NEWS Biden’s Climate Pledge For First Time Pushes U.S. Beyond California Goals

Ezra David Romero

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Ban­ning frack­ing by 2024, phas­ing out all new sales of gas-​​powered cars by 2035, and achiev­ing car­bon neu­tral­ity 10 years later are just a few of California’s goals mak­ing it a leader among U.S. states in tack­ling cli­mate change. But a new pledge from the White House to halve nation­wide green­house gas emis­sions by 2030 from 2005 lev­els could for the first time leave the state lag­ging behind the fed­eral gov­ern­ment on cli­mate policy.

On paper, the U.S. gov­ern­ment is at least tem­porar­ily ahead of Cal­i­for­nia,” said Dan Kam­men, direc­tor of UC Berkeley’s Renew­able and Appro­pri­ate Energy Lab­o­ra­tory. “That’s amaz­ing to say, because basi­cally we were always ahead at the state level.”

Pres­i­dent Biden’s goal could push Cal­i­for­nia to be more ambi­tious, Kam­men says. Which is some­thing the state needs to do, accord­ing to Jason Bar­bose, the Union of Con­cerned Sci­en­tists’ senior pol­icy man­ager for the West­ern U.S.

Cal­i­for­nia has been there to really help spear­head action,” Bar­bose said. But the state’s “cur­rent goals are not keep­ing up with the rest of the world, and, more impor­tantly, not keep­ing up with the sci­ence [which] tells us that deeper cuts are essen­tial to stave off the worst impacts of cli­mate change.”

Because Cal­i­for­nia emis­sion tar­gets are based on 1990 lev­els and Biden’s plan uses 2005 as a base year, Kam­men says the U.S. goal is only about 3% more ambi­tious than the state’s.


Kam­men believes Cal­i­for­nia already has the capa­bil­ity to go beyond its cur­rent tar­gets. His team makes the case for an almost 80% drop in emis­sions by 2030, dou­ble the cur­rent goal. Exist­ing plans and pro­pos­als like a require­ment to gen­er­ate 100% of elec­tric­ity from clean energy by 2045, and a bill to cre­ate a for­est of wind tur­bines off the Pacific Coast, could help the state ratchet up reductions.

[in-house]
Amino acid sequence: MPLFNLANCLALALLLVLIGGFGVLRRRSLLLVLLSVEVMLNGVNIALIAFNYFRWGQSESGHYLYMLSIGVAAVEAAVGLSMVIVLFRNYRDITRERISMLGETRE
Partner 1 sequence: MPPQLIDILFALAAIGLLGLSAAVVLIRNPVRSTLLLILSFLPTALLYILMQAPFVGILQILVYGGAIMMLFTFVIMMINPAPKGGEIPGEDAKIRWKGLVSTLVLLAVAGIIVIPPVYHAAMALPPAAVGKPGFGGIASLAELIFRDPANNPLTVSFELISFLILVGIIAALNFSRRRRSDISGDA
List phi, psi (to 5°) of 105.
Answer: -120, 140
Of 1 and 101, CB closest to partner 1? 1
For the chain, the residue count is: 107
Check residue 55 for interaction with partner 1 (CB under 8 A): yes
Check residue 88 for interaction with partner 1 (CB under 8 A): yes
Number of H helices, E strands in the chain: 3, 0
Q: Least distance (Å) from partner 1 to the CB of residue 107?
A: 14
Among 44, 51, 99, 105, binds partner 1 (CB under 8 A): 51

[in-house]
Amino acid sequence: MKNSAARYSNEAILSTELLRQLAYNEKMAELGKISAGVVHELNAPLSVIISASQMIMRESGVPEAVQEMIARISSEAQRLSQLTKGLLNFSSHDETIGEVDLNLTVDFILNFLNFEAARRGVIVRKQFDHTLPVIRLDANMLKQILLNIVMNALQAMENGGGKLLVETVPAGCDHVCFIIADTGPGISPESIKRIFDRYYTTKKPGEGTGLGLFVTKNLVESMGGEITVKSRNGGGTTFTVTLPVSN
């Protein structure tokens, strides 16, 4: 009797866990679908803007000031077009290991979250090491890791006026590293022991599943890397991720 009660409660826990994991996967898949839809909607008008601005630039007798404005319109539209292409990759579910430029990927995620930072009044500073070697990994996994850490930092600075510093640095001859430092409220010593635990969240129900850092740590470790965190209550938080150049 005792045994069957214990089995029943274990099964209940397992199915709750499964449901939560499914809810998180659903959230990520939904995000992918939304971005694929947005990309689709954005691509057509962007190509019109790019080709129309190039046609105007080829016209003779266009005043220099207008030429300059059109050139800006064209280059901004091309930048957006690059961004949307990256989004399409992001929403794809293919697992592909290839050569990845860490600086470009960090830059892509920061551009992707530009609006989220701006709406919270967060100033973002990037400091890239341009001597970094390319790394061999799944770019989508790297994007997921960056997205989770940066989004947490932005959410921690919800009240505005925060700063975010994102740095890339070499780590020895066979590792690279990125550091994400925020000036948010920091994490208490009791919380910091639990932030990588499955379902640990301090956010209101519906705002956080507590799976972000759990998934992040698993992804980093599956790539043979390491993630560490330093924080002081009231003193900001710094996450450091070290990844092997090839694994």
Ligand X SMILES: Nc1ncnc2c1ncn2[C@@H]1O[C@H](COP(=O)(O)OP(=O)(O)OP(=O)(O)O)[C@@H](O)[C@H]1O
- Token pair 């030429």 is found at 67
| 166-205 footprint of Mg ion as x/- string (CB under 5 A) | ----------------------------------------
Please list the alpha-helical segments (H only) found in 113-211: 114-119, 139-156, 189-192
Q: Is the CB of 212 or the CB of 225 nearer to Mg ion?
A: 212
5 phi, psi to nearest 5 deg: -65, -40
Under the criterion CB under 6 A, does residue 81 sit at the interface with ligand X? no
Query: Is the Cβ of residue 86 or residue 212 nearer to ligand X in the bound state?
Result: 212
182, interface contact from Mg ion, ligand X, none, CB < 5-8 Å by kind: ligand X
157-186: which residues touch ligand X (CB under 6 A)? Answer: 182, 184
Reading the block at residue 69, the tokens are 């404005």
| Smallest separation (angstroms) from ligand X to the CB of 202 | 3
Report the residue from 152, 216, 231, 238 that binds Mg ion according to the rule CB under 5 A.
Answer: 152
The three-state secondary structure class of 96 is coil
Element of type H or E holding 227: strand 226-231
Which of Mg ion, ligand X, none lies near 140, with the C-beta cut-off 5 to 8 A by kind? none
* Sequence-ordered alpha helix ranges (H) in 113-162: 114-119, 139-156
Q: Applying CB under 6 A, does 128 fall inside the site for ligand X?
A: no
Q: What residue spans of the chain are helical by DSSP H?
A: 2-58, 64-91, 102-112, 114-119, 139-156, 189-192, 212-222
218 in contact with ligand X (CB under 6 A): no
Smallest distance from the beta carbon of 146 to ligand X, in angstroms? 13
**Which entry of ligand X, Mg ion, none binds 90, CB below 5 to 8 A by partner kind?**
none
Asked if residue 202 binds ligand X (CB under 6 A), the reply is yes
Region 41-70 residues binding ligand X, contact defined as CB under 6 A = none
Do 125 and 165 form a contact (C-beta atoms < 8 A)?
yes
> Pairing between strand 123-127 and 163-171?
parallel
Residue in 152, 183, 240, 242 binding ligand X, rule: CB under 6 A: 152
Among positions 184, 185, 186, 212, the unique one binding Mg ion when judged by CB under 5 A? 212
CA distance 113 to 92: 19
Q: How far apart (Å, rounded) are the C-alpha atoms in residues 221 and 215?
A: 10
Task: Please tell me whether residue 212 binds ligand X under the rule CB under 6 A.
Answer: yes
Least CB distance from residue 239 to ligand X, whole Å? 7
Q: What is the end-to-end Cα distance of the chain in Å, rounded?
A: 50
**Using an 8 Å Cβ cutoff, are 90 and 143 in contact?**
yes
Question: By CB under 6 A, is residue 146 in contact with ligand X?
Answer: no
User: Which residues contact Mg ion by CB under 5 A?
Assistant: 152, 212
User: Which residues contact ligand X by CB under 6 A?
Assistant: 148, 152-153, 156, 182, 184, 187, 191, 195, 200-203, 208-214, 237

If Cal­i­for­nia can really adopt an 80% clean energy stan­dard by 2030, that really would jump us ahead again,” Kam­men said.

State Sens. Dave Cortese, D-​​San Jose, and Henry Stern, D-​​Los Ange­les, have already intro­duced leg­is­la­tion to estab­lish a min­i­mum 80% decrease as the tar­get for 2030, fol­lowed by net neg­a­tive emis­sions no later than 2035. The bill calls for the reduc­tions in the name of secur­ing “a safe cli­mate for all.”


But the inclu­sion of “all” in cli­mate pol­icy would mean a shift from big cli­mate goals to people-​​focused adap­ta­tion solu­tions, say some cli­mate experts. Hana Creger, the Green­ling Institute’s senior man­ager for cli­mate equity, says reme­dies could include ramp­ing up the fund­ing that goes to dis­ad­van­taged com­mu­ni­ties from the Green­house Gas Reduc­tion Fund or invest­ing more in pro­grams like the state’s Trans­for­ma­tive Cli­mate Com­mu­ni­ties Pro­gram, which helps fund community-​​led cli­mate projects in places like Stock­ton.

Pro­grams focused on teach­ing peo­ple about the cli­mate cri­sis then empow­er­ing them to take action offer a model not only for fight­ing cli­mate change, but also for build­ing eco­nomic oppor­tu­nity, Creger says.

Such pro­grams address “the his­toric oppres­sion of low-​​income folks of color” and allow com­mu­ni­ties “to really chart their own path by choos­ing their own goals and strate­gies and projects that will both reduce green­house gas emis­sions and pol­lu­tion,” she said.

While Creger rec­og­nizes top-​​down reg­u­la­tions are needed, she says infor­ma­tion gaps exist for res­i­dents already sur­rounded by cli­mate impacts. And big cli­mate goals may not res­onate with peo­ple deal­ing with soci­etal and eco­nomic woes.

We have to rec­og­nize that every sin­gle com­mu­nity has com­pletely dif­fer­ent needs,” she said. “We can’t take a pre­scrip­tive approach with our climate-​​equity kind of solutions.”

These could come in the form of afford­able hous­ing projects near tran­sit, planted urban tree canopies, homes out­fit­ted for solar energy, and the cre­ation of green jobs, she said.

Creger is hop­ing Biden’s desire to address issues of equity as well as the cli­mate cri­sis will prompt Cal­i­for­nia to invest in all of its residents.

It should be much more about how we bring our com­mu­ni­ties along to a place where folks can­not just react to cli­mate change, but really thrive in the face of it, “ she said.

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